These macro photos were shot with the Sony a7R and a Tamron SP Adaptall-2 52BB lens, it’s 90mm f/2.5, manual focus only. Fill flash was a Sony F60M, with the diffuser on for the green spider shots.
The smaller spider is a green lynx spider. The big spider is probably a Neoscona crucifera, also known as a Hentz Orbweaver. Wolf spiders don’t generally make webs, and this spider had spun up a large web. The Hentz Orbweaver is known to eat it’s own web. You can see how this spider wrapped up what looks like a bug, or possibly even some of it’s own web. It only took a few minutes to dispose of whatever the object was. The photographer looked down to adjust the camera, then looked up, and the prey was gone. Serious business in the insect world, check out the mandibles on that spider.
Taking photos of surfers from the beach generally requires a long lens and a rudimentary knowledge of the sport of surfing. You can shoot it with shorter lenses, just frame the shot like it’s a landscape photo, with surfing as a minor part of the equation. In this case the photo gear was a Sony a7R, LAEA4 A-mount adapter, and Tamron 150-600mm lens. Unfortunately 600mm on a full-frame camera wasn’t enough reach for the bigger waves at Trestles, which was the location of the shoot.
The good news was that these were professional surfers, in the 2015 Hurley Pro surf contest, so there was plenty of opportunity for getting good action photos, if the weather and the surf conditions cooperated. The bad news was that the light at this location was at a side angle at it’s best, in the morning only, and one of the two days that were shot was cloudy. That made processing the photos into anything useful rather difficult, as you’ll see. The swell was also down for the last day of the shoot; good for shorter lenses, bad for big surf action shots like getting air.
Point Sublime is one of the majestic viewpoints in the Grand Canyon. There aren’t too many places there where you can see a view of more than 180 degrees around you, but it can be done on the North Rim of the Grand Canyon, at Point Sublime. The road going out to Point Sublime is 18 miles long, it’s dirt and rocks, and should not be navigated with passenger cars. People do run it in rental SUVs, but if a flat tire has to be changed out for the donut spare, it could be difficult to drive out. There is also the issue with most rental car contracts not covering offroad activity. The photo of the road that you see here does not look like the bad sections of the road; they are much worse.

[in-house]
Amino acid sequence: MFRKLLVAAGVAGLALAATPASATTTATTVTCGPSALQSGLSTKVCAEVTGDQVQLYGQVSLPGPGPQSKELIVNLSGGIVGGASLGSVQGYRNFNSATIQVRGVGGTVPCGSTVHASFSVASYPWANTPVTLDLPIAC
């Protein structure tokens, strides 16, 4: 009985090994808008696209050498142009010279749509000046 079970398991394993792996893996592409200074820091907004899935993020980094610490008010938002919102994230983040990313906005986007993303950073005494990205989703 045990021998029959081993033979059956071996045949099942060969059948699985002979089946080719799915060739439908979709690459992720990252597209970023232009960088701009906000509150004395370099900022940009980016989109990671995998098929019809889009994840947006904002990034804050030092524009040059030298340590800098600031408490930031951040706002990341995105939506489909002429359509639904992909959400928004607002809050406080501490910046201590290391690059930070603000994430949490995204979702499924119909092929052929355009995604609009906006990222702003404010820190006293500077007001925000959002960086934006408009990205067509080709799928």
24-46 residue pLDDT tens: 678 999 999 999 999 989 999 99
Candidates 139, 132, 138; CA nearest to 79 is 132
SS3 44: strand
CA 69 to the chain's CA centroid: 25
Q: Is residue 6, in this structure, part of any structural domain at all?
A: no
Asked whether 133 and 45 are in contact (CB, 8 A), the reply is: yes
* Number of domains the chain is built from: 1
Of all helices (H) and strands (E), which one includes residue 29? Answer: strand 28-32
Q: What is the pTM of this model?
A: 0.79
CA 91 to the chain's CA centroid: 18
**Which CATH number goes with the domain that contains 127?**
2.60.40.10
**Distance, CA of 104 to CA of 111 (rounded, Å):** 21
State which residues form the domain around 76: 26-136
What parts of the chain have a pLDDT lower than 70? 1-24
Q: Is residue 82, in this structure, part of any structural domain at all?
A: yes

The photo labeled as dispersed camping is one of the semi-secret places next to the Grand Canyon, that most tourists drive right by. If you are on the main road going to the Lodge, take a left at Forest Road 611, a couple of miles or so before the park entrance. It’s a gravel road, much better than the road to Point Sublime, and it leads to a series of nearly hidden primitive campsites on the East Rim of the Grand Canyon. These sites are free, but not all of them are on the edge of the canyon, and sometimes most of the view is blocked by trees. The air temperature at night can get down to 29 degrees in late September, or it can even snow, so be prepared. The cold wind seems to pick up in the evening and blow off of the high ground down the hill, but then the direction of the air flow reverses early in the morning, when things start heating up. Watch out for bees.
That all sounds a bit rough, but of course this is paradise in the Kaibab National Forest, and at the time of this article, the camping is free, no need to get any permits ahead of time. If on the other hand you wanted to reserve one of the two elite campsites at Point Sublime, you’ll have to work it out ahead of time with the Park Rangers, at the Backcountry office, which is located shortly before the Lodge. You can reserve a camp spot at Point Sublime a few weeks ahead of time via mail or fax; allow for at least five weeks lead time.
These photos were all shot with the Sony a7R, using an old Pentax-M 35mm f/2.8 lens, with the exception of the long shot of Isis Temple Butte, which was taken at 150mm with a Tamron 150-600mm lens.